This came from Alex Pratt, who used a Watec-910HX CCD camera taking images at a rate of 50 Hz and Celestron 11 telescope to monitor a possible occultation of an 9.0V magnitude star (TYC 4663 0053) by a 20th magnitude asteroid (1999 TA91) on 2017 January 5 at 17:42UT. As the asteroid measures only about 7km across, Alex was remarkably lucky to find himself more or less in the centre of the shadow as it tracked across his observatory site (Z92) near Leeds. If he had tried to observe the event visually it would have been impossible to be sure the star had blinked off as the duration the star was fully-occulted was a mere 0.30 second. Here's a 6-second extract from the video record so you can see for yourself how transient a phenonemon it proved to be:
And using the software Tangra to extract the lightcurve, here on the left is the result plotted in turquoise compared to a field star (yellow) in the same frame; and on the right Alex's data - this time of each 0.02-s exposure using the software Limovie:
Alex's success underlines the power of the occultation technique. At the time, the asteroid was 406 million kilometres distant and whilst only ~7km in size, it clearly blotted the star out for a moment. Now if he asteroid happened to have been a close binary system then the star may have blinked out twice in quick succession.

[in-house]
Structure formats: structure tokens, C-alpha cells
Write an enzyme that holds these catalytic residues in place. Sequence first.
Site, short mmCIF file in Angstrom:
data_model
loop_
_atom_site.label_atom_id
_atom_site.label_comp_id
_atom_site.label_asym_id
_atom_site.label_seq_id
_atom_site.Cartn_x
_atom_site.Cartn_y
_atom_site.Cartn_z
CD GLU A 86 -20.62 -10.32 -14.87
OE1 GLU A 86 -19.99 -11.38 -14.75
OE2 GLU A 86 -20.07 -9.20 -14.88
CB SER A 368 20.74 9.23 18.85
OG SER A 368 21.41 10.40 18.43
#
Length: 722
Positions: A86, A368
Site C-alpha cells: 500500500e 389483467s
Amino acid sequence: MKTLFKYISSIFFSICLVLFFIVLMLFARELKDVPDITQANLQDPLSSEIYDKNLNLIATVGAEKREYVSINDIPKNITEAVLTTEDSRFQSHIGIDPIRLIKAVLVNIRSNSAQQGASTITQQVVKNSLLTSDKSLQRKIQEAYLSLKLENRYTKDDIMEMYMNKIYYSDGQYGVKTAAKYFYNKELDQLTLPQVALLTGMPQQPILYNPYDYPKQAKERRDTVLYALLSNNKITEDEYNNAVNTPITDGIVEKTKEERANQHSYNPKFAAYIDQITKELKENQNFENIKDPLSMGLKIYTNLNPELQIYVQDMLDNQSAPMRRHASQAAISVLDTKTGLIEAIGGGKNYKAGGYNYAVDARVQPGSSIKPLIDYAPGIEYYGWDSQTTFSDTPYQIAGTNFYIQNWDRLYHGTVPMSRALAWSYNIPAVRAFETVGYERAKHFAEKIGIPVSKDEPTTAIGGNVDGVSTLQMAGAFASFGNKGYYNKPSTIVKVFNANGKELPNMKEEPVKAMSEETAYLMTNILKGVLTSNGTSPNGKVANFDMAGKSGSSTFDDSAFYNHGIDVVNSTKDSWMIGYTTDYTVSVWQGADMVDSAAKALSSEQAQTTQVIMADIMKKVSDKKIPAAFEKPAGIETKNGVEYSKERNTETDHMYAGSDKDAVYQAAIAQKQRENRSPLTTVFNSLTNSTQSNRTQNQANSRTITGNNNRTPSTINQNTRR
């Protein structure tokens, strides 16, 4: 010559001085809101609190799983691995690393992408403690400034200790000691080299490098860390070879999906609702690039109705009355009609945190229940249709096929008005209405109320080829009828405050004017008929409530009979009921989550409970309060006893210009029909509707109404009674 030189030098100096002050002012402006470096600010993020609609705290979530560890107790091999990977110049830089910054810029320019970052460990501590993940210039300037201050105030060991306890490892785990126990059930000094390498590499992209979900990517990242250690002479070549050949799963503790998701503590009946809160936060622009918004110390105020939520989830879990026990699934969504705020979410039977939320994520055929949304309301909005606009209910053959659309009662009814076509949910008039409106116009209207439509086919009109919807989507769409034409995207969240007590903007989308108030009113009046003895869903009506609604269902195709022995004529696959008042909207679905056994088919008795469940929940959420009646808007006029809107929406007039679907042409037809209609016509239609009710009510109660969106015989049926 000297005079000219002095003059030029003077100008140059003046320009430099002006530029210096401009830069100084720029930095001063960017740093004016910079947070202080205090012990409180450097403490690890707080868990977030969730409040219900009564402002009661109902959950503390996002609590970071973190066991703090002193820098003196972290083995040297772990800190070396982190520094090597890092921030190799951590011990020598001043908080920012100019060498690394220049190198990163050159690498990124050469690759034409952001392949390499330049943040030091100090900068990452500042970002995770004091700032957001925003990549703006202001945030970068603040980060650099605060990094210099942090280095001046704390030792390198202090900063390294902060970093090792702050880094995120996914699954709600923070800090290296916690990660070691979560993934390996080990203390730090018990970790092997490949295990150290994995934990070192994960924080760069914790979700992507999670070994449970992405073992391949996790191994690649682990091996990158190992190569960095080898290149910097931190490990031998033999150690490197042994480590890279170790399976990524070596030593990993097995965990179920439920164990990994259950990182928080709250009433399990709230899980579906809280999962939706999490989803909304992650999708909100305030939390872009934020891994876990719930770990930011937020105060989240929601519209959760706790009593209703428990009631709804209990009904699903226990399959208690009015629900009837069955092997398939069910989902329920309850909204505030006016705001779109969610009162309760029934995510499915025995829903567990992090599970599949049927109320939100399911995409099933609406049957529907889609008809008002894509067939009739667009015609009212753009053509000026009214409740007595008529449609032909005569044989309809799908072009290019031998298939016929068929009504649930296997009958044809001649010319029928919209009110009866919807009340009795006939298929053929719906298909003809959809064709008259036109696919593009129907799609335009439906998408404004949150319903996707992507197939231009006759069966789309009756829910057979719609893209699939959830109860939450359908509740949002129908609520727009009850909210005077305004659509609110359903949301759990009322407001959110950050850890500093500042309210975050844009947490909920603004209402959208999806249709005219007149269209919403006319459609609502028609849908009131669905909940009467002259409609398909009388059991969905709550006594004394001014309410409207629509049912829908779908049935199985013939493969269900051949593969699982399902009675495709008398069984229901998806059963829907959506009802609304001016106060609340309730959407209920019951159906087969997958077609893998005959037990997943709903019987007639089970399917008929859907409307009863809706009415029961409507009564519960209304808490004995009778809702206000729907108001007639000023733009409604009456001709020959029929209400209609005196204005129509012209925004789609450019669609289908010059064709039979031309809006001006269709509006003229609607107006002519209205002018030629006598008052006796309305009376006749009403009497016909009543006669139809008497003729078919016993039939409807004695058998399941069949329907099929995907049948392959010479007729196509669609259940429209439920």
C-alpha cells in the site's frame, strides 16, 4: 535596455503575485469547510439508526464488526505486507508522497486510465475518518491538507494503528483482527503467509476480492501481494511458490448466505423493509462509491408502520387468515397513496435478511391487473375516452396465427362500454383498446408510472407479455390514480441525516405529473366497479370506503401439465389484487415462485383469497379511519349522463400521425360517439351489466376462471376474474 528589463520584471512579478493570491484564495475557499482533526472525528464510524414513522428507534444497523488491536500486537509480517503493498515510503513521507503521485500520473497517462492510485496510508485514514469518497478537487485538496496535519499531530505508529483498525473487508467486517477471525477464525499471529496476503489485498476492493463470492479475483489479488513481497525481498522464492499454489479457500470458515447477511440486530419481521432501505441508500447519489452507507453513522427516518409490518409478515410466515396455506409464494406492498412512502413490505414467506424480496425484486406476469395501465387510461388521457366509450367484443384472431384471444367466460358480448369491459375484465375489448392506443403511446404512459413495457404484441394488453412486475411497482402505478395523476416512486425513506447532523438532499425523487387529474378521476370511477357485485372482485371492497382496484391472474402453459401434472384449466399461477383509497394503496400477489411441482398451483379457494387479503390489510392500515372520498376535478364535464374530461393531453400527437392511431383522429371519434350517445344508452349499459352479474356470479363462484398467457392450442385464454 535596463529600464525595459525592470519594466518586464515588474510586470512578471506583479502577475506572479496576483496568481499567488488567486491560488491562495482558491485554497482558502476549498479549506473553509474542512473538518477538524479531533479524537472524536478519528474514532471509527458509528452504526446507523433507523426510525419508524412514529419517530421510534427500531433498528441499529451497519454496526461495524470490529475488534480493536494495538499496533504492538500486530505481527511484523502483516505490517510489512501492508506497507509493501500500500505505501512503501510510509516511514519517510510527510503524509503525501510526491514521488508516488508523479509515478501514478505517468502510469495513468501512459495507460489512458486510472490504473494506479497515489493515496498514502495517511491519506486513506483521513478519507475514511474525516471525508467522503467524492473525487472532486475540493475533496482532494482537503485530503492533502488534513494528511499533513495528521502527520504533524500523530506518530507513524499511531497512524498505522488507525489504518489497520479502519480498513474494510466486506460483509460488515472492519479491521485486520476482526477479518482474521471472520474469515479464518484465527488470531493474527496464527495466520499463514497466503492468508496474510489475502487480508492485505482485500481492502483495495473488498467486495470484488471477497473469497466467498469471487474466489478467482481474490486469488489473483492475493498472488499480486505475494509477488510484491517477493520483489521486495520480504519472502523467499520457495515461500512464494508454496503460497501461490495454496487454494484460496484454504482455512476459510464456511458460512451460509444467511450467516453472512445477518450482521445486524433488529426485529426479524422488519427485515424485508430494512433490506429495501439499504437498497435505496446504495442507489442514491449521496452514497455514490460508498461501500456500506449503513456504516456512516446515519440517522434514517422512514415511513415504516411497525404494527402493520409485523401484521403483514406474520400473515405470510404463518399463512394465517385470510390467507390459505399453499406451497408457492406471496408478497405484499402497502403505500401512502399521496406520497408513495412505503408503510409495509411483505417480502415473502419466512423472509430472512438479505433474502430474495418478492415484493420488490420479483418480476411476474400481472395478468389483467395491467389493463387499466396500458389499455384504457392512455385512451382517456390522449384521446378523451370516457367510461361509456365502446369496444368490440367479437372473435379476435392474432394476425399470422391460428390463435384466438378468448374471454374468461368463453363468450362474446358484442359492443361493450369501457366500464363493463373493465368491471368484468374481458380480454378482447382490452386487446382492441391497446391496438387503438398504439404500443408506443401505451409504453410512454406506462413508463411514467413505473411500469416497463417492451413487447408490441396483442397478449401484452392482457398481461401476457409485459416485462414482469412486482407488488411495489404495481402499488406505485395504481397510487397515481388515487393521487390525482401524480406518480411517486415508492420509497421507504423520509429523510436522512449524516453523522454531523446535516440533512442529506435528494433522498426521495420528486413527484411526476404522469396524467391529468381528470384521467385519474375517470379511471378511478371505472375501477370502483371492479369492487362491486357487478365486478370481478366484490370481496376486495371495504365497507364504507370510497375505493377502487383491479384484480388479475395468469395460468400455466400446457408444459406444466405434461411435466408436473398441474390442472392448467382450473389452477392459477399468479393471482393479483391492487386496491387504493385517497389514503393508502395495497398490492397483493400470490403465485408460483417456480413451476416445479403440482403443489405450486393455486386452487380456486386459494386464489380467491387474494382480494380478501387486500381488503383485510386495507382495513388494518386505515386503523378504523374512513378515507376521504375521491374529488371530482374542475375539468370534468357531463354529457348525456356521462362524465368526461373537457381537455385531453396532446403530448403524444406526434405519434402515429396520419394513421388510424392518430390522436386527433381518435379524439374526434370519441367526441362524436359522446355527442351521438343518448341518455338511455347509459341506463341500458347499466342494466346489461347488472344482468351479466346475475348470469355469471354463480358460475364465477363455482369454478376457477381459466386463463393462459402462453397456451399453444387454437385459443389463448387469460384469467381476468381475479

As star catalogue accuracies improve and orbits become evermore accurate, more and more observers are having successes.
A good example of this occurred during the early hours of the nights of 2016 December 27/28 and 28/29, when Martin Cole, observing from Keighley recorded two positive events on consecutive nights, involving the asteroids, (323) Brucia and (446) Aeternitas, lasting 2.7 s and 4.3 s, respectively. Well done Martin. Alex tells me that he was fogged out at the time!
Details of this invaluable database maintained by Brian D. Warner and Alan W. Harris of MoreData! are available at http://www.minorplanet.info/lightcurvedatabase.html
It now has a total of 19272 entries !
This workshop attracted a good turn-out on the day with some 34 members taking part. The Director is very grateful for assistance on the day from Madeleine Davey, Julia Palmer, Hazel Collett and Ann Davies, who kept us organised, plied with beverages, and listened politely to our deliberations. Speakers comprised the Director, Peter Birtwhistle, Roger Dymock, Steve Harvey, Alex Pratt, Eric Watkins and Derrick Ward.
Click for a larger image.
A fuller account of the workshop will be posted in due course.
Each year, the European Section of the International Occultation Timing Association holds a symposium in one or other European country and in 2016 it was the turn of the UK to act as the host for this event. Thankfully, Tim Haymes as ARPS Occultation Co-ordinator and his wife, Anne were the prime-movers in organising this event, helped in part by Alex Pratt and the Director. I would formally like to thank Tim and Anne for a job very well done including excellent and interesting trips to the Hampshire Astronomy Group, Stonehenge, Salisbury Cathedral and the Observatory Group at Herstmonceux on the Monday and Tuesday. A list of the 38 participants together with links to pdfs of most of the talks given at this symposium are available HERE.